Divorce and tax season in Ontario can be one of the most challenging times for couples going through the process. It’s not just the mental anguish that makes it so challenging; there are also financial and legal repercussions that come along with it. It’s a perfect storm of challenges. The filing of taxes in the province of Ontario is one of the most significant points of intersection between divorce and monetary matters. Being a family law and divorce firm based in Toronto, Ontario, we are familiar with the nuances of the divorce process and the tax laws in Ontario, and we are here to assist you in working through these challenges.
Tax Filing Status
When going through the process of getting a divorce, one of the first things you should think about is how you will file your taxes. Your filing status is determined by your marital status as of the last day of the tax year, December 31. You have the option of filing your taxes jointly or individually, depending on whether or not you were still married on December 31. If you were divorced or legally separated at the end of the year, you are required to file your taxes as a single person or as the head of your household.
There are a few advantages to filing your taxes as a married couple, including the potential for a reduced overall tax rate and the expansion of your eligibility for certain deductions and credits. On the other hand, this indicates that you and your ex-spouse are jointly liable for paying any back taxes that are owed, and you will need to come to an agreement over how to divide any returns. When you file your taxes separately, you and your partner each submit their own tax return, and you are only responsible for paying or receiving the amount of tax that is due to them individually.
Child Support and Spousal Support Payments
Another area in which divorce and tax intersect is that of payments such as child support and spousal support. Both parties are not entitled to a tax deduction for child support payments, and the recipient is not required to report them as taxable income. Spousal support payments, on the other hand, are deductible by the payer and subject to taxation by the recipient because they are considered taxable income.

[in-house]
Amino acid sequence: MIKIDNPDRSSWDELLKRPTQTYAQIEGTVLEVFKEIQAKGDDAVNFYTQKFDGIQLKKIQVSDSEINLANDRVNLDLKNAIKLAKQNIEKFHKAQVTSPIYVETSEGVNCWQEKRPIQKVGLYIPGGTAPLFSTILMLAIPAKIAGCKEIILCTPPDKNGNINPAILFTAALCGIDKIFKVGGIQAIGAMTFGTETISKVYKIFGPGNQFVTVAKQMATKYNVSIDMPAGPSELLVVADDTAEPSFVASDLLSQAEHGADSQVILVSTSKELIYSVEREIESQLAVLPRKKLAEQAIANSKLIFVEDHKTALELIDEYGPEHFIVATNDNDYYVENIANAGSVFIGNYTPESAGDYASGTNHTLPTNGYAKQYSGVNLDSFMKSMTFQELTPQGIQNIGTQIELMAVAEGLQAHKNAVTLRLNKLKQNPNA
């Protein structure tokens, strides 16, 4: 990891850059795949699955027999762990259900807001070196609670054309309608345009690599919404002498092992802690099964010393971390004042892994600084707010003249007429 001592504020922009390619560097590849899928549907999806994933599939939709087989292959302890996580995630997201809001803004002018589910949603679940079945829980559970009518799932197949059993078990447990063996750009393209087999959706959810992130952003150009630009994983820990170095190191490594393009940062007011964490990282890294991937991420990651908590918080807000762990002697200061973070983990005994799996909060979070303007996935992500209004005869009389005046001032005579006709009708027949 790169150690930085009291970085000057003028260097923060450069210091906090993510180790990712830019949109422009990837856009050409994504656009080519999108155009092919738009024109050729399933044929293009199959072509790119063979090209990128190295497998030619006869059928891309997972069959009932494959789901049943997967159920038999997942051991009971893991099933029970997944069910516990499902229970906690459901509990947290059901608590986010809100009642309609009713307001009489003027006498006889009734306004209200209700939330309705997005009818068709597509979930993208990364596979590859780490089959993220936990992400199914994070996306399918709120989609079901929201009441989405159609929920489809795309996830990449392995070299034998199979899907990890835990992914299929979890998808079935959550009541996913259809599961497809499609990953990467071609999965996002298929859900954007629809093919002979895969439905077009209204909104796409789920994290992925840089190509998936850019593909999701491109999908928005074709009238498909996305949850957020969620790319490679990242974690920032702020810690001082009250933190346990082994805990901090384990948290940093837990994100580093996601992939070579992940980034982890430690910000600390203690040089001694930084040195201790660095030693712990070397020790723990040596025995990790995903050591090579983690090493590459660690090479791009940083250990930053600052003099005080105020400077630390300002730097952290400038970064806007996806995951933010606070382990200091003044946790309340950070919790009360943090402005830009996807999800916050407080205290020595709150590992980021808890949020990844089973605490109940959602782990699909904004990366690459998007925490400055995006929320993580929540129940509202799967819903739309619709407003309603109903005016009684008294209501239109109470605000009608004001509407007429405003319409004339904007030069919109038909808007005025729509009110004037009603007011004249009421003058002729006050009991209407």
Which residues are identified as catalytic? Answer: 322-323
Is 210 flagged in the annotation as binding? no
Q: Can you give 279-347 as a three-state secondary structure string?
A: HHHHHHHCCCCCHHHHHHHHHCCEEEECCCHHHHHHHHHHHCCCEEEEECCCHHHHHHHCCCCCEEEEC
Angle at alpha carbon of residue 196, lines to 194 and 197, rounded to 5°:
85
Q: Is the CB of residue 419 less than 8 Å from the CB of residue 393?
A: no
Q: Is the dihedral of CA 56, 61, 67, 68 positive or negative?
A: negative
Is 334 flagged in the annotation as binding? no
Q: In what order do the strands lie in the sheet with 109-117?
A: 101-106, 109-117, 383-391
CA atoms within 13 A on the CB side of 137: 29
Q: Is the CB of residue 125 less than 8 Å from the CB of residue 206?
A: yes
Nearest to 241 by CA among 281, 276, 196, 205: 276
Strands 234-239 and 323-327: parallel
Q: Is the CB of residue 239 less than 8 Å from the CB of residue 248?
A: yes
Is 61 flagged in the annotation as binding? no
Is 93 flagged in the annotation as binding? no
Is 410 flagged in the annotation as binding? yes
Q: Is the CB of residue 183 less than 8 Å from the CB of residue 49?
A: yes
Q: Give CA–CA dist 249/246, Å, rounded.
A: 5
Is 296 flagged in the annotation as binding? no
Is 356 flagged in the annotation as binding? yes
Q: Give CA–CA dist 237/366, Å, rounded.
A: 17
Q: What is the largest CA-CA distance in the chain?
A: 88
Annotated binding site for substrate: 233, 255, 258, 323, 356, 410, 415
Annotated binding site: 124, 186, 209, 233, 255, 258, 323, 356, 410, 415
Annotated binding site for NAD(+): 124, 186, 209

It is essential to maintain precise records of any spousal support or child support payments made or received throughout the course of the tax year. If you are the one who is responsible for making spousal support payments, you need to be sure that you deduct such payments from your tax return. If you are the person receiving spousal support payments, you are required to include those payments as income on your tax return.
When a couple gets divorced, the division of their property might have repercussions regarding taxes for both sides. It is possible that you will be required to pay capital gains taxes if you sell a piece of property that was part of the divorce settlement and was given to you. If you employ a tax-free transfer method when you give property to your ex-spouse as part of the settlement, you may be able to avoid paying capital gains taxes on the money you make on the sale of the property.
During the divorce process, it is essential to consult with an experienced accountant or financial advisor in order to ascertain how any potential decisions on the division of property may affect taxes.
Child Tax Credits
If you are filing a tax return and you have children, you could qualify for certain tax benefits. The child tax credit may be claimed by either parent, provided that one of those parents claims the child as a dependent on their own tax return. You and the other parent can come to an agreement about who will claim the child as a dependent on their respective tax returns if you share custody of the child.
It is essential to maintain precise records of any and all costs associated with raising children, such as those incurred for child care and medical care, as these costs may also qualify for tax benefits.
Final Thoughts On Divorce and Tax Season In Ontario
Both divorce and tax time may be stressful and difficult times of the year. To ensure that you are aware of all of the tax ramifications of your divorce, it is vital to engage with an experienced family law divorce lawyer in Toronto. You may steer clear of any potential tax concerns and make sure that the divorce settlement you reach is fair and equitable for both parties if you take precautions and stay informed.
At Hussain Law, we have the knowledge and expertise to guide you through the process of getting a divorce and to assist you in navigating through any tax-related difficulties that may come up throughout the course of the divorce. We are here to assist you in reaching the most favourable outcome that is feasible.